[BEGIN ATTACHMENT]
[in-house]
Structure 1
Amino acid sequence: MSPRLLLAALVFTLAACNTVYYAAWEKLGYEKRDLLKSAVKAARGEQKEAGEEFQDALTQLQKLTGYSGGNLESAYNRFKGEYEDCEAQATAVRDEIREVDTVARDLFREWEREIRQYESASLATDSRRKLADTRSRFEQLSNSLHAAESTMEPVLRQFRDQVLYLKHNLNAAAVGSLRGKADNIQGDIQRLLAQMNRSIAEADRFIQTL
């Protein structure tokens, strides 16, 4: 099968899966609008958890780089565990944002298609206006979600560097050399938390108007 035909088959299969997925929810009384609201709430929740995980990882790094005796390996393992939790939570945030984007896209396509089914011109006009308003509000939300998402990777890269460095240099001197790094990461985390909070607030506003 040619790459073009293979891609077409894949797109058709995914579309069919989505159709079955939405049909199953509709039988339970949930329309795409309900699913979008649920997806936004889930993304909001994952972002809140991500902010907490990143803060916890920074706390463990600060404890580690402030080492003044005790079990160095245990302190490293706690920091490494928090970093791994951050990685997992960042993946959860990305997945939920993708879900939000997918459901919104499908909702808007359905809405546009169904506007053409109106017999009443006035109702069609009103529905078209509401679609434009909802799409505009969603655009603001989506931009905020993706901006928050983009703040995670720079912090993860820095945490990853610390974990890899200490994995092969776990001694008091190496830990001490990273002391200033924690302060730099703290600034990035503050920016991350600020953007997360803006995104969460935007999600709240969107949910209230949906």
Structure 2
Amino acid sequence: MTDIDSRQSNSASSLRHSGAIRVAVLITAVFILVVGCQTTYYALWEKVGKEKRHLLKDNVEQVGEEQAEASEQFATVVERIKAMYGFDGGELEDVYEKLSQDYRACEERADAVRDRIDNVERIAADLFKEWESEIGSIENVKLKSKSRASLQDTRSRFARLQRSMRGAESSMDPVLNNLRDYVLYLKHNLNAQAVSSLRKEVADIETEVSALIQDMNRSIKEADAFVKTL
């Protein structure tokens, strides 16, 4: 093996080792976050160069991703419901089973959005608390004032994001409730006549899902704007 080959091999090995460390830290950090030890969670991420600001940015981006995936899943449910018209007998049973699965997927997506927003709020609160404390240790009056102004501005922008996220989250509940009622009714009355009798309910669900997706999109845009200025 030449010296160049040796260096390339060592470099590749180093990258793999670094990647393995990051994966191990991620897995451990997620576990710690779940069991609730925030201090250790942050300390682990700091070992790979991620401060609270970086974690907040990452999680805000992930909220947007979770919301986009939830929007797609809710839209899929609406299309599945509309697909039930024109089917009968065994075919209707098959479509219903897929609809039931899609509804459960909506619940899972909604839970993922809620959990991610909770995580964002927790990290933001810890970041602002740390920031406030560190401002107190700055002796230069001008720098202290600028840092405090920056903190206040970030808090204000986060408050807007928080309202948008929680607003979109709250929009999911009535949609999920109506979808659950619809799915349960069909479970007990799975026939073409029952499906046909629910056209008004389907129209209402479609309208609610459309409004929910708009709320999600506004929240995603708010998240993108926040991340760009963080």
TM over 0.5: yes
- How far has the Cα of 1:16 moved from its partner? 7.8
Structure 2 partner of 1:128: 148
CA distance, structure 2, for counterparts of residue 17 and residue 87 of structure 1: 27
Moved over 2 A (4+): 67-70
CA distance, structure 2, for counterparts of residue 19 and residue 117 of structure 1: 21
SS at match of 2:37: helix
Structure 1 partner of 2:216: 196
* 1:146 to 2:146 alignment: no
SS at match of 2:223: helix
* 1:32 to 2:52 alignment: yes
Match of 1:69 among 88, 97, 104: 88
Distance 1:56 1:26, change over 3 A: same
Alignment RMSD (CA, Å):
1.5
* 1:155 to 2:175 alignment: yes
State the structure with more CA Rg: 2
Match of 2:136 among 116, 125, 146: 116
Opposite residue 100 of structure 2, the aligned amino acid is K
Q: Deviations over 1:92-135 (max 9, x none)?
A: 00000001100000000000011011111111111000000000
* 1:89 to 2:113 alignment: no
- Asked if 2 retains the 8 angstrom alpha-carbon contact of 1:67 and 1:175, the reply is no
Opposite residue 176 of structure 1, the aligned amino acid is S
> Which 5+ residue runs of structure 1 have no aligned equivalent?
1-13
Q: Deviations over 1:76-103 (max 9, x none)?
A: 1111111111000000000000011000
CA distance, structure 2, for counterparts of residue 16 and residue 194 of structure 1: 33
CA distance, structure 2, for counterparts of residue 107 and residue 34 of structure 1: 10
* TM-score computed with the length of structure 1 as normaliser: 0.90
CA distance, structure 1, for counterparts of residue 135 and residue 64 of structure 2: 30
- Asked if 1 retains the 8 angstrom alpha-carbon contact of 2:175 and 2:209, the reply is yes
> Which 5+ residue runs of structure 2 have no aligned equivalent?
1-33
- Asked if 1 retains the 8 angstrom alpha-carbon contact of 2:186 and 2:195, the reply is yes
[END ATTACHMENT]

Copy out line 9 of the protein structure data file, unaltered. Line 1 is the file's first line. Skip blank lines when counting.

- How far has the Cα of 1:16 moved from its partner? 7.8